Feeding the Practice Habit

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By Frances Wilson

25 February 2019

Frances Wilson explains how regular practising equals noticeable progress on your instrument

If we are serious about our piano playing, our progress with our repertoire and our technical and artistic development, it goes without saying that we need to establish good and regular practising habits, as regular as cleaning one’s teeth. No one, not even professional musicians at the top of their game, is born with an innate talent which removes the need to practise. Regular practising equals noticeable progress.

The days when you don’t feel like practising are the days on which you should be practising. Even if it’s nothing, or it’s awful, or you feel you've achieved little, it’s important to do it, to prove you can still do it, and that you are constantly feeding the artistic temperament and oiling the machinery.

The activity of playing and practising creates momentum. There is negative momentum in not practising. Miss a day, or two days, or three, and you might start to wonder why you bothered in the first place. You stop being a pianist and turn into Not A Pianist. The more you don’t do it, the harder it becomes to convince yourself that you should be doing it, and the more likely you are to procrastinate.

Fight this inertia with activity. Go and practise! Practising is energising: the physical activity of playing the piano releases endorphins, the same ‘happy hormones’ which produce that feel-good glow that comes from a good gym workout or a run.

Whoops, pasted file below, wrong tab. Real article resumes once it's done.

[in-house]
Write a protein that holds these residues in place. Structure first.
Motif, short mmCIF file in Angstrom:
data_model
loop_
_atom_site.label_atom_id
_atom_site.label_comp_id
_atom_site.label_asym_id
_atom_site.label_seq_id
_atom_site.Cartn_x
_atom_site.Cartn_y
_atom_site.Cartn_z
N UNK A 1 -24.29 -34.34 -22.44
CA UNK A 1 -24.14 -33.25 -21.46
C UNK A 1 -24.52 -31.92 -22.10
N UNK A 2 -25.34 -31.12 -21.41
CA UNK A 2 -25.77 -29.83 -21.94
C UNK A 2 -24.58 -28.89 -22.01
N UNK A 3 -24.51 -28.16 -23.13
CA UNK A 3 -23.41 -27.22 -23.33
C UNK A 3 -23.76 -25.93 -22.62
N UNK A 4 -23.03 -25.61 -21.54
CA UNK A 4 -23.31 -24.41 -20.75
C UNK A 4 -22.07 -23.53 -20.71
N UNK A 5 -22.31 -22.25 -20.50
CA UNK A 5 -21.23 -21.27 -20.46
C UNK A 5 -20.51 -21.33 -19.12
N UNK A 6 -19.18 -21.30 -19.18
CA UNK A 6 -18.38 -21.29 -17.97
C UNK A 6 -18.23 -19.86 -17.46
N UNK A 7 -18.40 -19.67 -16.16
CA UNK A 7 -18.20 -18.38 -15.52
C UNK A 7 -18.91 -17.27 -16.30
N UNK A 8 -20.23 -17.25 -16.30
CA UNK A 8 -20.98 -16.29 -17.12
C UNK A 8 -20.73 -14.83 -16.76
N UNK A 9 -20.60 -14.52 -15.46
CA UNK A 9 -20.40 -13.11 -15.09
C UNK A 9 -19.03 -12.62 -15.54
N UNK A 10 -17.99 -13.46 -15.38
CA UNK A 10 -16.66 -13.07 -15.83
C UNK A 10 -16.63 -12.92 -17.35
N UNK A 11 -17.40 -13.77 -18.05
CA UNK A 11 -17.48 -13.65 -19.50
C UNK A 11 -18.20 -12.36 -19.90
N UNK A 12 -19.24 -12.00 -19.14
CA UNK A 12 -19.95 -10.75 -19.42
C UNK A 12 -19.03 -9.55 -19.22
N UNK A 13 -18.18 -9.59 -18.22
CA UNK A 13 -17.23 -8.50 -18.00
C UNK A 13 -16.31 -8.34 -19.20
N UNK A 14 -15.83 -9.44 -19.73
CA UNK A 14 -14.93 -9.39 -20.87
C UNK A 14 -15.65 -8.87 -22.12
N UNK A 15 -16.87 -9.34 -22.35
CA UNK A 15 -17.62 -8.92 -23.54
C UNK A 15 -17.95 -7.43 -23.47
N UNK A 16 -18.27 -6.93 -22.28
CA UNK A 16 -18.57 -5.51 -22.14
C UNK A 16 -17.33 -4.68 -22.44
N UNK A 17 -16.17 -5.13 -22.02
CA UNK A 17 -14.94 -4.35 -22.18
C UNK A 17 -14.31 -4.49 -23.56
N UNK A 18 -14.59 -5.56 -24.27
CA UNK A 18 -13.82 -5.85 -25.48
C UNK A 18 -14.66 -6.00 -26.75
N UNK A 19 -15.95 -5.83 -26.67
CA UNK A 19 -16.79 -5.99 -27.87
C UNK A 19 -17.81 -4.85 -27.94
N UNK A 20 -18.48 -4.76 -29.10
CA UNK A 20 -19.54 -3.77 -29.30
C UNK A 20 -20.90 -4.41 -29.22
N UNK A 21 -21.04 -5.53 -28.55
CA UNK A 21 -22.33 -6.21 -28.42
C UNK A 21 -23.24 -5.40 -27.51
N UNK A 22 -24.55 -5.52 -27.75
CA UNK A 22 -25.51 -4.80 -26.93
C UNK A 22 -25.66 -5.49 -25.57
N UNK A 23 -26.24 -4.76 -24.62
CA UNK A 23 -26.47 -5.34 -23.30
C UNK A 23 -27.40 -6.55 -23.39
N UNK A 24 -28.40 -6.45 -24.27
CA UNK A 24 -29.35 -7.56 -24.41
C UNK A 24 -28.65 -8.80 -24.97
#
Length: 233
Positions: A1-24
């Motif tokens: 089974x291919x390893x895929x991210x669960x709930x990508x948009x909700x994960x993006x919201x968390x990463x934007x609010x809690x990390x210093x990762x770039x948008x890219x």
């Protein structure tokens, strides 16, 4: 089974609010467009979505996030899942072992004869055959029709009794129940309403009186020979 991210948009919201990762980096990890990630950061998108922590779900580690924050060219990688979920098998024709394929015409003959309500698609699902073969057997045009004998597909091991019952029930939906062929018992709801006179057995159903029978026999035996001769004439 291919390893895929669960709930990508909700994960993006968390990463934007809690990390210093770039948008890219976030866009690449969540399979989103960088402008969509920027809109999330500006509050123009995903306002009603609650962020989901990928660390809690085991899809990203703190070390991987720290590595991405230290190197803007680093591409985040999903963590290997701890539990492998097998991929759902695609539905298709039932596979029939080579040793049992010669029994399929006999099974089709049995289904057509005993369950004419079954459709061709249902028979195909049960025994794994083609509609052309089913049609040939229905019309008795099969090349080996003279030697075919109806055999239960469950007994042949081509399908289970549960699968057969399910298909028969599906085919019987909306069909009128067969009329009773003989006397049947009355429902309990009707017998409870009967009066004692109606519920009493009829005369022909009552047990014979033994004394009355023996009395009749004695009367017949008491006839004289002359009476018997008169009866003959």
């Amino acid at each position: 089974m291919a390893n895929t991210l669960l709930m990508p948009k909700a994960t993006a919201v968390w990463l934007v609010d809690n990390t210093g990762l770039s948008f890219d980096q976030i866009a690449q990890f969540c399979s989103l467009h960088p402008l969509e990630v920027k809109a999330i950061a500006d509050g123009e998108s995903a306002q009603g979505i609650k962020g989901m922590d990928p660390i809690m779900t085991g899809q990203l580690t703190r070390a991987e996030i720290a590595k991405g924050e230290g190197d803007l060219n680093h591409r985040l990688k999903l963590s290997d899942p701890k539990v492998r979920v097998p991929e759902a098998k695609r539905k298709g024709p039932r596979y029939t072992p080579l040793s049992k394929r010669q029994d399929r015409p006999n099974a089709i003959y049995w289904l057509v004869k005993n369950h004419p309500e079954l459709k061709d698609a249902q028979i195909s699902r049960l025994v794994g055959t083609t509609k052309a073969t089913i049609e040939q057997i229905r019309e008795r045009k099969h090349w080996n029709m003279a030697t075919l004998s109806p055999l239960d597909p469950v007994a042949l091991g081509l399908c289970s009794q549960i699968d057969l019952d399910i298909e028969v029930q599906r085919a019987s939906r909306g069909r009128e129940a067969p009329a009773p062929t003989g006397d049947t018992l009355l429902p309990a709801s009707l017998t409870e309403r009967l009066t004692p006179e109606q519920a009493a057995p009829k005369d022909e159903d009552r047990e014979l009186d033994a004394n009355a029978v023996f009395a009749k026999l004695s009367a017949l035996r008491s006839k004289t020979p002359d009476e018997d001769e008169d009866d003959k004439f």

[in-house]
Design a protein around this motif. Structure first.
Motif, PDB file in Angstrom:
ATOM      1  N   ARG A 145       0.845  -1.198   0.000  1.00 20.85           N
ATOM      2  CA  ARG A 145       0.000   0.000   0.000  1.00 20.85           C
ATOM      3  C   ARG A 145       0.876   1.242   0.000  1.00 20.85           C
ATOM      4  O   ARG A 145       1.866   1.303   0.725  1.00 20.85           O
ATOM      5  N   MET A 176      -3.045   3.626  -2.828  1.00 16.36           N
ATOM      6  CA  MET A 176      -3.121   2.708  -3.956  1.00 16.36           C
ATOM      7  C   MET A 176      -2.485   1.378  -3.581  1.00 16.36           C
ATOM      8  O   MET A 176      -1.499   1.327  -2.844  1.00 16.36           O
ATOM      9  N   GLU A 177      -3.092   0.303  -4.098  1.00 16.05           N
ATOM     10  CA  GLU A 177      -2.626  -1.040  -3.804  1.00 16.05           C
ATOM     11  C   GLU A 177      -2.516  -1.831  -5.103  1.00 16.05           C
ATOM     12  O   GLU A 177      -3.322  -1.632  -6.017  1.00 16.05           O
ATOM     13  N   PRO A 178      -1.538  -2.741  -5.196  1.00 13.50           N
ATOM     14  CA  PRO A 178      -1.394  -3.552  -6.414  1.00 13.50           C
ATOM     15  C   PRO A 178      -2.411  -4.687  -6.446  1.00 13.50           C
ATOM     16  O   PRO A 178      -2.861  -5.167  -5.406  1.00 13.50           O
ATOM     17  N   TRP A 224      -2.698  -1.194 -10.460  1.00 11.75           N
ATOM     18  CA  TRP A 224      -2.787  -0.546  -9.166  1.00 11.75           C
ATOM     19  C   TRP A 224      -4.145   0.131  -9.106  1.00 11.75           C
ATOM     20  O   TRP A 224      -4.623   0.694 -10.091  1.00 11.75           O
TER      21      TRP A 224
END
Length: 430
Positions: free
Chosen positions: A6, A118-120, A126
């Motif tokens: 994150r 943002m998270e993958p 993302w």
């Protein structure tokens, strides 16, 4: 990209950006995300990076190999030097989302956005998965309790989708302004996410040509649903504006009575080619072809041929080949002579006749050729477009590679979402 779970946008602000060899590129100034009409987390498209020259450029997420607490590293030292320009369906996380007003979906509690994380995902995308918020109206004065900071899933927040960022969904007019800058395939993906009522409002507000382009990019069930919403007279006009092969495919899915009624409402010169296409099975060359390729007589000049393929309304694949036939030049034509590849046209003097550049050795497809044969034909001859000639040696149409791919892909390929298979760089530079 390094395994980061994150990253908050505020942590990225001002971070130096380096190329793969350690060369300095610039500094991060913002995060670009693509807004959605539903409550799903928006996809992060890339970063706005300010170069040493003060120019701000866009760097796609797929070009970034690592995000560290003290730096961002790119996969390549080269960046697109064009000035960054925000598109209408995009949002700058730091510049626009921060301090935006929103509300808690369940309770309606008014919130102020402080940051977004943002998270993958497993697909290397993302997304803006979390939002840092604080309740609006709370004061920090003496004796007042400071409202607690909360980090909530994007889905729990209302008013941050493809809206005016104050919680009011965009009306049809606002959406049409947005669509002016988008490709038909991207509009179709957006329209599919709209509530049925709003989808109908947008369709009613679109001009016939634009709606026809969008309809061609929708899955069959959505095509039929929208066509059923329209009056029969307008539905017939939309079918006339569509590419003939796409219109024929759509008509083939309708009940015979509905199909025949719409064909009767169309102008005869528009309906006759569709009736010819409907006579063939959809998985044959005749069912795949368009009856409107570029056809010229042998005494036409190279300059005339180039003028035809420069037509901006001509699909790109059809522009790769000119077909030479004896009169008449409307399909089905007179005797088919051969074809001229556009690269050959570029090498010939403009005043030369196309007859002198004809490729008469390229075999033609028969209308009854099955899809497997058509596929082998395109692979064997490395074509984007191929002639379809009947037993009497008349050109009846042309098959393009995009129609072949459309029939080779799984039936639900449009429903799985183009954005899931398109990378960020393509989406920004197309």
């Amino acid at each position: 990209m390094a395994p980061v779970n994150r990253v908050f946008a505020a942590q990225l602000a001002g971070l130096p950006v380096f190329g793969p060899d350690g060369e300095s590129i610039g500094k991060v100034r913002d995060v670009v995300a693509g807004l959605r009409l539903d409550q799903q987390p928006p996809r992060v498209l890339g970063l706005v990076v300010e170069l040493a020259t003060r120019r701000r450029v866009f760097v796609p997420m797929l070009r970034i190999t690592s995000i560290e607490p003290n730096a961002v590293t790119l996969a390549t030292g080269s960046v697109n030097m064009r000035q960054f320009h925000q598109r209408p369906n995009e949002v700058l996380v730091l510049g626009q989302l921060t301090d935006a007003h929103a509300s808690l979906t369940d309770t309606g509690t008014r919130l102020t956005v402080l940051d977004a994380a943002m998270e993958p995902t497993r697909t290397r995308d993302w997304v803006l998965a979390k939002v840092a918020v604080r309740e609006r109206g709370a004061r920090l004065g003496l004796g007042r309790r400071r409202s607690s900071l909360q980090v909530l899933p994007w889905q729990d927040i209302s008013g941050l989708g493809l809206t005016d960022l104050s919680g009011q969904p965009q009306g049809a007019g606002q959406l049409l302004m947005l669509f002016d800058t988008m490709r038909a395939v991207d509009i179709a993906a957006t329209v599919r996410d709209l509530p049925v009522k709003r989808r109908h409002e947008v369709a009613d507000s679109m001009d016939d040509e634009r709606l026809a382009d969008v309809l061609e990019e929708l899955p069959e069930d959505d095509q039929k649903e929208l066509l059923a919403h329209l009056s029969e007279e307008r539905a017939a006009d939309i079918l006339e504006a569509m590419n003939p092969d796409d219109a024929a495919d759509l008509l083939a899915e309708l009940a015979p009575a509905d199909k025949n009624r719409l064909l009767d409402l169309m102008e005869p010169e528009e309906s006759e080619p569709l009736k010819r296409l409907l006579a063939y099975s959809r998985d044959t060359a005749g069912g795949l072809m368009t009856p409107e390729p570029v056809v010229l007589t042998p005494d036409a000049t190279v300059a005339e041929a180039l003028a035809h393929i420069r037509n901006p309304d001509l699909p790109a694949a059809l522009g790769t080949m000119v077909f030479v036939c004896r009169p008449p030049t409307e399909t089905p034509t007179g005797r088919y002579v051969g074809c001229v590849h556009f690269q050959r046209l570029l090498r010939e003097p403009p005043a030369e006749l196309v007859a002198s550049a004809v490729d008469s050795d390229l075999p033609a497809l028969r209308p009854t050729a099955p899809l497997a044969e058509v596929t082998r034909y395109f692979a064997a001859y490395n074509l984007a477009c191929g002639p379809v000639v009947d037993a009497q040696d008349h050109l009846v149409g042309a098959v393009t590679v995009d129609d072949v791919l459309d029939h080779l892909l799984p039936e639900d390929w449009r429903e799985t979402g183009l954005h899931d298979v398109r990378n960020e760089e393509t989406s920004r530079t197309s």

You could argue that forcing yourself to practise will be counter-productive. Believe me, it’s not. Even if you’re just doodling, improvising, playing chords, scales, cadences, it’s the act of doing that’s important. When I was learning to drive as an adult in my early 30s, my instructor told me to get as much time at the wheel as possible, whether I was practising three-point turns or simply experiencing the activity of driving. Piano practice is the same – and you don’t have to be working on set repertoire to be doing something useful.

Practising is an act of doing, creating, living with the music. Begin every practice session with the question: What can I do that’s different today?. Feel excited and stimulated by your music. Fall in love with it.

The days when it’s hard to practise are the days when it’s most important to practise.

 

Frances Wilson is a pianist, piano teacher, music reviewer, writer and blogger on classical music and pianism as The Cross-Eyed Pianist. Follow her on Twitter: @crosseyedpiano